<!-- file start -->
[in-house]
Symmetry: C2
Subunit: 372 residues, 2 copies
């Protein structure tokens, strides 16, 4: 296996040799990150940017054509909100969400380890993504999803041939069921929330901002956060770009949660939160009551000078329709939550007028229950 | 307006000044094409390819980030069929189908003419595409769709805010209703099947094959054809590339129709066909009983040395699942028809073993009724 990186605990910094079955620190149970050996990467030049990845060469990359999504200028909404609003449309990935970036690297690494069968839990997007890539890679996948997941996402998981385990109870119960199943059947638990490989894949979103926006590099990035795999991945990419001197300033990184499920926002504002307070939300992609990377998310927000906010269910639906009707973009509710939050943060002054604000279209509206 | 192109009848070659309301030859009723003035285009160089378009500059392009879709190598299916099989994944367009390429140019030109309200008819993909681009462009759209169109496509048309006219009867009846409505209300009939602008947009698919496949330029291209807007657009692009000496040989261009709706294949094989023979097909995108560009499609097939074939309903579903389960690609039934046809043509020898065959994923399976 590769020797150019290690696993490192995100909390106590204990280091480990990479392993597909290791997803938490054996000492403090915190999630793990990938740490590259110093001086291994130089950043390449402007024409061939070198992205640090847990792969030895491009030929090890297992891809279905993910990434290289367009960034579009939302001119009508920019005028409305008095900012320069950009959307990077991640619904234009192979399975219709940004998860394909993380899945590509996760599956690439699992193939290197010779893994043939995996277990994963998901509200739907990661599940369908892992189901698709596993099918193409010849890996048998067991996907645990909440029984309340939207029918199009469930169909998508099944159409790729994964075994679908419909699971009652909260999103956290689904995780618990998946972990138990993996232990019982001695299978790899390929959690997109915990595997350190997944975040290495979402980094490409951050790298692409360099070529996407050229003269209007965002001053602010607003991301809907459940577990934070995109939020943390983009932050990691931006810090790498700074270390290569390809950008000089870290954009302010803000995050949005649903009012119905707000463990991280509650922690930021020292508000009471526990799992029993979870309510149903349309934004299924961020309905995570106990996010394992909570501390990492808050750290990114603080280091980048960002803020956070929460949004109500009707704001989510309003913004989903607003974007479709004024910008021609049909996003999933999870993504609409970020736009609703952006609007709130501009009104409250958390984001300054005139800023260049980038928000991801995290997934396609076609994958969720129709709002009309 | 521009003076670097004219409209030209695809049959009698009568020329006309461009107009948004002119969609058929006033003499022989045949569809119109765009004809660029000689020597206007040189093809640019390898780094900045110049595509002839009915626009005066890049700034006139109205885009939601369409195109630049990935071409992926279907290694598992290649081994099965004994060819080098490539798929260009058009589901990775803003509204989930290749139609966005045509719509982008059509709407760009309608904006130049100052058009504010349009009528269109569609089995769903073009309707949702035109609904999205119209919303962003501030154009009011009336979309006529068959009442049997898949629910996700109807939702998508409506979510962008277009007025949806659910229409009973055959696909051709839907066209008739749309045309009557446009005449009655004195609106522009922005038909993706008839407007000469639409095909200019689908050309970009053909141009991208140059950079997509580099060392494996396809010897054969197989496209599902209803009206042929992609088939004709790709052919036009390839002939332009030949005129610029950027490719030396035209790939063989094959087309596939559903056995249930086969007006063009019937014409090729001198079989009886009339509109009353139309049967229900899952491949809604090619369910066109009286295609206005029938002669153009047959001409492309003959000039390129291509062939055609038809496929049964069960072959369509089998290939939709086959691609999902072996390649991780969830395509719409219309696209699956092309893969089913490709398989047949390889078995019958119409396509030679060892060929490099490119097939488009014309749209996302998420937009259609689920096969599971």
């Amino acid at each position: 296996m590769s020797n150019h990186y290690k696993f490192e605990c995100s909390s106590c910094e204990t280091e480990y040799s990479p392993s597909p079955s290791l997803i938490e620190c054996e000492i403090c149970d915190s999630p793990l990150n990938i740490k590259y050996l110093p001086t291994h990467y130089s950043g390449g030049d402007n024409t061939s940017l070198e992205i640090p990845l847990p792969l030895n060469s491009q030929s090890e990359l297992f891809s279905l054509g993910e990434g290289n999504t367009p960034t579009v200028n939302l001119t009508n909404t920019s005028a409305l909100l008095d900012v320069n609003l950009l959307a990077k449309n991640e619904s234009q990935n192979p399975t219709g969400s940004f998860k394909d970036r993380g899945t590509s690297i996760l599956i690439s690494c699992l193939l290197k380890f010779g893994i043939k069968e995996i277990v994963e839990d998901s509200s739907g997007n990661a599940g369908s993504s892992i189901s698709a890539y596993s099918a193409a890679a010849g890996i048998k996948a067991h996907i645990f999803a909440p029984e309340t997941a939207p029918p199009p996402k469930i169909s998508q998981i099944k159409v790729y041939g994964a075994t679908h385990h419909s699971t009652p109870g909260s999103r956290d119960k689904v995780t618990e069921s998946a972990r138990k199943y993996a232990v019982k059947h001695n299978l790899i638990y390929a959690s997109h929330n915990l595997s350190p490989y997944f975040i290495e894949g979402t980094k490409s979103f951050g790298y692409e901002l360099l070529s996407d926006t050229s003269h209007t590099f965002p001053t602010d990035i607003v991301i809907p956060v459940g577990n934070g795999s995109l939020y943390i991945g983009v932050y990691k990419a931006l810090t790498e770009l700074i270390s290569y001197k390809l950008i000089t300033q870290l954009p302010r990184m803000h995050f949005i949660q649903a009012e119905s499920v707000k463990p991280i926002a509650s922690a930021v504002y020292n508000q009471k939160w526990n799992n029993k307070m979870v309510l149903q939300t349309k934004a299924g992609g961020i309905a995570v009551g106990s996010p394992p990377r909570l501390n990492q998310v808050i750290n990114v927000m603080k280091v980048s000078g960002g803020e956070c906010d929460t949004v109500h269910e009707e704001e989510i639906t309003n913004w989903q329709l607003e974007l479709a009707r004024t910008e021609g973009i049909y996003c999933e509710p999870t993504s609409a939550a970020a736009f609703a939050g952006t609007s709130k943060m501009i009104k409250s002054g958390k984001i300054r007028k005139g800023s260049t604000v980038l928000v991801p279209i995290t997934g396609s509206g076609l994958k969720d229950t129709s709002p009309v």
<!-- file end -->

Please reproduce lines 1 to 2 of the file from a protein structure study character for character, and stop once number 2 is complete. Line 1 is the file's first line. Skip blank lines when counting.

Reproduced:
[in-house]
Symmetry: C2